Trust Music for Escorting You to Unknown Linguistic Territory
If you wish to introduce yourself to a new language, it would be an excellent idea to get hold of some musical pieces in the language that appeals to you the most. If you have an affinity for the tunes, you would be automatically inclined to listen to the pieces every now and then, even without being able to figure out the underlying meaning of the lyrics! And very soon, that feeling of impatience is bound to creep in – you will hardly be able to wait to learn the language, simply for the sake of delving deeper into the essence of the lyrics. Isn’t it an amazing way of getting started with a foreign language?
An Inseparable Bond Unites Language with Music
Ideally, a music therapist and a language instructor should work in collaboration with each other since they both deal with multiple common aspects such as intensity, tempo, pitch, intonation, and rhythm. Learning to sing or play an instrument, leads to the formation of fresh intercellular connections in the brain which act as effective carriers of communication such as speech, comprehension, and reading of a language.
This is the reason why children who learn music, outshine their peers in language classes. Even children affected by dyslexia or other language disorders, respond well to music training. They can easily distinguish between the background score and the sentences being spoken to them.
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People are more likely to focus and pay attention when soft music is playing in the background.
— Fact (@Fact) May 9, 2016
European Parliament commemorating #EuropeDay #9May with music, the universal language pic.twitter.com/jnkxTSwuJ6
— EPP Group (@EPPGroup) May 9, 2016
Music may help babies learn language skills
Babies who engage in musical play may have an easier time picking up language skills, a new study suggests.
US researchers compared nine-month-old babies who played with toys and trucks to those who practiced banging out a rhythm during a series of play sessions.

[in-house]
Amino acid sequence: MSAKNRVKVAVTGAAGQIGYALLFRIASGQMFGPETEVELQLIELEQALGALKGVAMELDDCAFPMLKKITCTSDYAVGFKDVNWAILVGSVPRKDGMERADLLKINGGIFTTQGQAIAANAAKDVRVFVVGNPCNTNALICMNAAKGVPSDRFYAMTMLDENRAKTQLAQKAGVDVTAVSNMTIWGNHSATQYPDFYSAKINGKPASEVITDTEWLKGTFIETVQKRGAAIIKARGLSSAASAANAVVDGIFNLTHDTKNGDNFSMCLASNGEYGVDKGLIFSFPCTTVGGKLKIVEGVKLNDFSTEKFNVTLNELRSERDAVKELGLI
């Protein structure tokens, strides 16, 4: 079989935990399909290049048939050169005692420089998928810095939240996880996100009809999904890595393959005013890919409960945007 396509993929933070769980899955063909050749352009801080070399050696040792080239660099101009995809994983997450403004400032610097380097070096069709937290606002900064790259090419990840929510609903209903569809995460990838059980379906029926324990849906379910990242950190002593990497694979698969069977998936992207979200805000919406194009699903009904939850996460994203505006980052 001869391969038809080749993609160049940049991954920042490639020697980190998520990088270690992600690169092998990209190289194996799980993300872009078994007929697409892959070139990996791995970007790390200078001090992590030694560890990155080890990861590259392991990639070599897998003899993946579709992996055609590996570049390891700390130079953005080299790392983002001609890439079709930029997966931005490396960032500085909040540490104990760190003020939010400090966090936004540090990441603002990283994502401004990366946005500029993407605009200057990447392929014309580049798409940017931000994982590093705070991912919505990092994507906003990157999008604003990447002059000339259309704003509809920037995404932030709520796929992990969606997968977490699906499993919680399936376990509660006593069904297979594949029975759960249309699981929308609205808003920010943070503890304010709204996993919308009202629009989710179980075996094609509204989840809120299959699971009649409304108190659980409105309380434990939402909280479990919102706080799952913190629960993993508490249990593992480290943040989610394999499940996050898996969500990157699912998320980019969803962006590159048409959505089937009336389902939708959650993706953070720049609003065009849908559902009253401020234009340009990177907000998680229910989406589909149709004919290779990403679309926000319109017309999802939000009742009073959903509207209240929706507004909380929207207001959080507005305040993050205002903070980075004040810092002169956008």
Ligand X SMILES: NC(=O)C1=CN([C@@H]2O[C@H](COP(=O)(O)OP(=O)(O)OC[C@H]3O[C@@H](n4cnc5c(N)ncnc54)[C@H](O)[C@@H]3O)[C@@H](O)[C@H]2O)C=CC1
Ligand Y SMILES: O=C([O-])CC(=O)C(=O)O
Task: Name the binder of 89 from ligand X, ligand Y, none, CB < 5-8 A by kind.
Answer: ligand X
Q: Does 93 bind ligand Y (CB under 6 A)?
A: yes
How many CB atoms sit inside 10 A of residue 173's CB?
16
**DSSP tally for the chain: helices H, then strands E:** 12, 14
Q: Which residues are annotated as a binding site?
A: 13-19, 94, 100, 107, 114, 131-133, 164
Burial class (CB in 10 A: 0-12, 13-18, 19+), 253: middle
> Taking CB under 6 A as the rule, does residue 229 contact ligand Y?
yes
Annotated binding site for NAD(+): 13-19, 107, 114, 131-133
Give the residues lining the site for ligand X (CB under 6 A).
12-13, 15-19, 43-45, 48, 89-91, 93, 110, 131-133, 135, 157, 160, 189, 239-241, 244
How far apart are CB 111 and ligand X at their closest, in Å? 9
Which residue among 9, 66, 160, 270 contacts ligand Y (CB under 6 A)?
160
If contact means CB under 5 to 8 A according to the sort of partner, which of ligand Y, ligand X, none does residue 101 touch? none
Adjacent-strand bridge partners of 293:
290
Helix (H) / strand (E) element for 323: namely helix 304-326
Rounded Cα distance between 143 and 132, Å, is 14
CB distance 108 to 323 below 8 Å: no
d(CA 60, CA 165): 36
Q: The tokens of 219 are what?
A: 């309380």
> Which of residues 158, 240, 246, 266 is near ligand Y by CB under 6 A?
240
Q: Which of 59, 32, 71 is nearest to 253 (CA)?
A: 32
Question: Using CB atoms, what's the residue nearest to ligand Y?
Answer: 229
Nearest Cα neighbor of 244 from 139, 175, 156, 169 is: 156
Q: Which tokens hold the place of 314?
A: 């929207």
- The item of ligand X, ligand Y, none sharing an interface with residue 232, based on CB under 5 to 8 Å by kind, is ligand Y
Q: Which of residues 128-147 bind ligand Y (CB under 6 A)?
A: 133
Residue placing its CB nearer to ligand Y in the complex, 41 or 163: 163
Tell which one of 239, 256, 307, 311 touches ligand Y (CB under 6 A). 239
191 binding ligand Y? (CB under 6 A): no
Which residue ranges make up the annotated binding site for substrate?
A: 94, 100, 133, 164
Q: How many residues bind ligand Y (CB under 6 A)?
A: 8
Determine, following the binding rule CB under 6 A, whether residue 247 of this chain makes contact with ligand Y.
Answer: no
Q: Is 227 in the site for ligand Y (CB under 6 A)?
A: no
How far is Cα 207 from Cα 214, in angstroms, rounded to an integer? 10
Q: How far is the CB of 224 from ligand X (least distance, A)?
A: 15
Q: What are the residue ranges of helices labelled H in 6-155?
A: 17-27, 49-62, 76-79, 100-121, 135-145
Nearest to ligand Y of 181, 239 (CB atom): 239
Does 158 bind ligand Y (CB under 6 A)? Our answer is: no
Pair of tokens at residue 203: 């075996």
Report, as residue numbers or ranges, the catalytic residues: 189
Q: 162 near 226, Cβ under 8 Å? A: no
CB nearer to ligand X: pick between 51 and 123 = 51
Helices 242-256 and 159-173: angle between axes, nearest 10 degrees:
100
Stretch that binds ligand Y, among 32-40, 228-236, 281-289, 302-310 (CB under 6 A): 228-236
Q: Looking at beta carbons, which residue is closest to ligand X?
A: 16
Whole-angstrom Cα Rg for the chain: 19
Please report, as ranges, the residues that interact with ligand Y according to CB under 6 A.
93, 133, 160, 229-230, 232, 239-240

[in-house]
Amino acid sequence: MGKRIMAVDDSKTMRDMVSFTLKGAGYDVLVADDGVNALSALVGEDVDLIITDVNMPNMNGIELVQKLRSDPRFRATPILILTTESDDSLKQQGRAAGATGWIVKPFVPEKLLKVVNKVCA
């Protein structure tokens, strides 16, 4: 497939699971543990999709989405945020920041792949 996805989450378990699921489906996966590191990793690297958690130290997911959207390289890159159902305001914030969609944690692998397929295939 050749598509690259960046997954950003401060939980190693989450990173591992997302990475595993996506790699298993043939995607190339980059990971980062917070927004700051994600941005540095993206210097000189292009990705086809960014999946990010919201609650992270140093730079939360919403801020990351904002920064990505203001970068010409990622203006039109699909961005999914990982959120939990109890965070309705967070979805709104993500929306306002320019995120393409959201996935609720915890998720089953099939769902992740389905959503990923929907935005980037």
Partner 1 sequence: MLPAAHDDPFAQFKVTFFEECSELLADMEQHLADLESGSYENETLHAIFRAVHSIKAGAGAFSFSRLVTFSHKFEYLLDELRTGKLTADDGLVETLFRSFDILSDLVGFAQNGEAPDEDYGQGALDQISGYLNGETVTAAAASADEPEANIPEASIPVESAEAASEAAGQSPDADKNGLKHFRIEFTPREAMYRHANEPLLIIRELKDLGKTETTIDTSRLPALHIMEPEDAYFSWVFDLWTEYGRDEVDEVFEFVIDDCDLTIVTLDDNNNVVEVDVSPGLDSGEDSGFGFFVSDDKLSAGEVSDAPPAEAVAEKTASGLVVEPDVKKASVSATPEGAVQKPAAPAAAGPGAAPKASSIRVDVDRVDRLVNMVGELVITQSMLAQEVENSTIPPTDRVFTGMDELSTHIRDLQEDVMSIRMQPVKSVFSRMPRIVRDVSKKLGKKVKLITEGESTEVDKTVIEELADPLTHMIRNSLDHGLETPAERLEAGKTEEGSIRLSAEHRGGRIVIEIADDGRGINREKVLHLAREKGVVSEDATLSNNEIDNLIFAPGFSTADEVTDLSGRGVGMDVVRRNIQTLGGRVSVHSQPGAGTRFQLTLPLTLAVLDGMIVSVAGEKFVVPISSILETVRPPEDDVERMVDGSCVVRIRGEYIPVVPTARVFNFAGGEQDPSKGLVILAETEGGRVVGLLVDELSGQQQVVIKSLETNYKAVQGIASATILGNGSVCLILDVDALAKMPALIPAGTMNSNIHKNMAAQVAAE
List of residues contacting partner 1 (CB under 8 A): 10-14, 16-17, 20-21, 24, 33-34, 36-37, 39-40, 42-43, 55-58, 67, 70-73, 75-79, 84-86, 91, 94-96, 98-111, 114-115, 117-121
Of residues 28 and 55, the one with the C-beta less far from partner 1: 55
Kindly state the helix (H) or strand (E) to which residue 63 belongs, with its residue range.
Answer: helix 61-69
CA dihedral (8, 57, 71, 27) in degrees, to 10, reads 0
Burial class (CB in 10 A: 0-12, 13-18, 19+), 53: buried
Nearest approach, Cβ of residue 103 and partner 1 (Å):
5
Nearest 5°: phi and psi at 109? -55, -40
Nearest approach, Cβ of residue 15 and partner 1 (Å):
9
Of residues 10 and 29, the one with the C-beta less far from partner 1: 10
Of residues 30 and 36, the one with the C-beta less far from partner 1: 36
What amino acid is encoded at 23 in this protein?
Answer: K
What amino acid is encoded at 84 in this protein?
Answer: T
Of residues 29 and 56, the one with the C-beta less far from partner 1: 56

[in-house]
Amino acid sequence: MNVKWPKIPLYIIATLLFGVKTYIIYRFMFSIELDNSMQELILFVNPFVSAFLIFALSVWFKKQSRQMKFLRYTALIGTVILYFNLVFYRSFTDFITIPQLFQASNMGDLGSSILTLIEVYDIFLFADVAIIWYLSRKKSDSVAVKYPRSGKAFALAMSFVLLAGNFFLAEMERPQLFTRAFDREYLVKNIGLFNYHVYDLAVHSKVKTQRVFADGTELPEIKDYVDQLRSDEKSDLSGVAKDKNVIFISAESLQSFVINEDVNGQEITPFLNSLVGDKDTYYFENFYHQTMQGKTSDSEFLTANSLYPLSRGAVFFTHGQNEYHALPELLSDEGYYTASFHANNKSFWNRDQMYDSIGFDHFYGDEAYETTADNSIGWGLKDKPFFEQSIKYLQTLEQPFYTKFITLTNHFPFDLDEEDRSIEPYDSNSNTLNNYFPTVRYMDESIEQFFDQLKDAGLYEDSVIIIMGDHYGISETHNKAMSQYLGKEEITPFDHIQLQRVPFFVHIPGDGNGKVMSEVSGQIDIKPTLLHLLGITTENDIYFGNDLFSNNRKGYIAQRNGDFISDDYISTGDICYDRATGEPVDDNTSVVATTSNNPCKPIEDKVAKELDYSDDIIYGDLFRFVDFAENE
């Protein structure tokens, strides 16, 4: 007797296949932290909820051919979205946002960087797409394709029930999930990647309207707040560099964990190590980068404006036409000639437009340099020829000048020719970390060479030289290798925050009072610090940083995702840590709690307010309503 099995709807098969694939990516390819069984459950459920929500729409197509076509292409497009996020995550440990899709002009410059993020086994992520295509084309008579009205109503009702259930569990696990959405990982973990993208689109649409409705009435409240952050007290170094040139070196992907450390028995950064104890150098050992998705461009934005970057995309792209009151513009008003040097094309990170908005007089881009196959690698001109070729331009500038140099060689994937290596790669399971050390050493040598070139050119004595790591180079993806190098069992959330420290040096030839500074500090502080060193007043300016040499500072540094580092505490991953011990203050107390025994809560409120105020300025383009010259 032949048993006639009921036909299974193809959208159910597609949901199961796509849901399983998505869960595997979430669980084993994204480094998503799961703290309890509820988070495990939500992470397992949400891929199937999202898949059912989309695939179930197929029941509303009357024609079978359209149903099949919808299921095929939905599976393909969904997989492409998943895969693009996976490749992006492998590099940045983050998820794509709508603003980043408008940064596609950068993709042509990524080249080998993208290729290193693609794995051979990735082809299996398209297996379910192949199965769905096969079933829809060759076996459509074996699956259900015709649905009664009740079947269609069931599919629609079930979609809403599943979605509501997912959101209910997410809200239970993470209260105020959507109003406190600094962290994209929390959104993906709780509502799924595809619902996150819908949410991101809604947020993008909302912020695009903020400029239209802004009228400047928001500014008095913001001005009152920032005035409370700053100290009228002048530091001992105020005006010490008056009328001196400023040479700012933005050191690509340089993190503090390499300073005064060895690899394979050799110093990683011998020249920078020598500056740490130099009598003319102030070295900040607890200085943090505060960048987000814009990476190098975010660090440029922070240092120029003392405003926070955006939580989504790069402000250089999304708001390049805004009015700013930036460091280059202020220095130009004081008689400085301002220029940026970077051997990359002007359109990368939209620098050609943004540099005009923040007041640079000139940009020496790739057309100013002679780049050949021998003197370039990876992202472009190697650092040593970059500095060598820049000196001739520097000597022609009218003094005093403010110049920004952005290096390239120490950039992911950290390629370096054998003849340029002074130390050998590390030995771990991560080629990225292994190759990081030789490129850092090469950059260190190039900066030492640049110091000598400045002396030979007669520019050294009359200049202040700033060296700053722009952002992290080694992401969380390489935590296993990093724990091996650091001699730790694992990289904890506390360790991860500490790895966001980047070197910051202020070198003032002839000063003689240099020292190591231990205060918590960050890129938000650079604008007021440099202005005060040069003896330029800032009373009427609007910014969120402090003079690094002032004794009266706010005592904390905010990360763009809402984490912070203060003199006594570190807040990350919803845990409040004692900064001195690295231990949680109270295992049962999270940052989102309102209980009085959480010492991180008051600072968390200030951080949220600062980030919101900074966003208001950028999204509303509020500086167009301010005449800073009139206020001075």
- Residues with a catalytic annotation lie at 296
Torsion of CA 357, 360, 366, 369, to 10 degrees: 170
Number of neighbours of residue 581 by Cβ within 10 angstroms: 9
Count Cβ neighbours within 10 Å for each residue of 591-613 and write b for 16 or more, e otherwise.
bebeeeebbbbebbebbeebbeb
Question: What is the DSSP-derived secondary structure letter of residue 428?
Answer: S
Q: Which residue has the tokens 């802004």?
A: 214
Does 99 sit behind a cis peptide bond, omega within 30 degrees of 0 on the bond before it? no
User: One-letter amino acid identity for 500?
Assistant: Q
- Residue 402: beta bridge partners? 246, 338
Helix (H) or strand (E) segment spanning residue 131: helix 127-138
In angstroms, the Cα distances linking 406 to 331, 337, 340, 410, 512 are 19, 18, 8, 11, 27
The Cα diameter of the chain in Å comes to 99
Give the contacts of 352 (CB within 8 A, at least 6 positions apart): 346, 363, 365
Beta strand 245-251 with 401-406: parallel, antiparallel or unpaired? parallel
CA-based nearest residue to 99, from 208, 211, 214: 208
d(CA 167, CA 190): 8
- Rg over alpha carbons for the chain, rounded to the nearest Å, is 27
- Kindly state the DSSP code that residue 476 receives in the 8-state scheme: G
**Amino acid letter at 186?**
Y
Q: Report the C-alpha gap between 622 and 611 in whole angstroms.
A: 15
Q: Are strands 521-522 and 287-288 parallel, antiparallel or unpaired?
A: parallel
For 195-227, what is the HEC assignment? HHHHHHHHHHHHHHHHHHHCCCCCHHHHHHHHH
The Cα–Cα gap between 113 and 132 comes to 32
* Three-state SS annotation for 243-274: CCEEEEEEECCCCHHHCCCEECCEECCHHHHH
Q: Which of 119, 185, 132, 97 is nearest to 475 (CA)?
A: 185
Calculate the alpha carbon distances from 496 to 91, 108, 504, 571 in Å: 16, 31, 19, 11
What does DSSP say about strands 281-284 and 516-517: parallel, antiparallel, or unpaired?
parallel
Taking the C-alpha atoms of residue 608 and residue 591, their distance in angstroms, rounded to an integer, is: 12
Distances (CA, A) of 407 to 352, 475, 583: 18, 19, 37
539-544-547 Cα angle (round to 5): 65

They found the musical group showed more brain activity in regions involved with detecting patterns, an important skill when it comes to learning language. Via ABC
The link between rhythm and speech
Music and language have many things in common. One obvious commonality is that both have rhythm. Just take a look at this video of a skilled drummer processing the rhythm of speech and transferring it into an intriguing solo!
Previously, scientists have shown that the processing of music and language relies on partly overlapping neural resources. Therefore, the same neural mechanisms that are active when an individual processes the rhythm of music, or the beat, are active when we process the rhythm of speech. Via Sync Project
An Introduction to the Links Between Music & Language
In western culture, old English folk tales, or Cante-Fables as they are known, are, as their name suggests, stories half spoken and half sung. At a point in history the Cante-Fables split to become what we know now as folk songs and folk tales – a parallel to what some theorise to be how language and music developed. Similarly, the Portuguese call their national song, Fado,‘Poemas Cantadas’, or, sung poems. There are also remarkable examples of cultures for whom words and music are both one and the same, such as the U’wa culture of Columbia that to this day communicate and transfer the knowledge and history of their culture solely through song. Via Sorana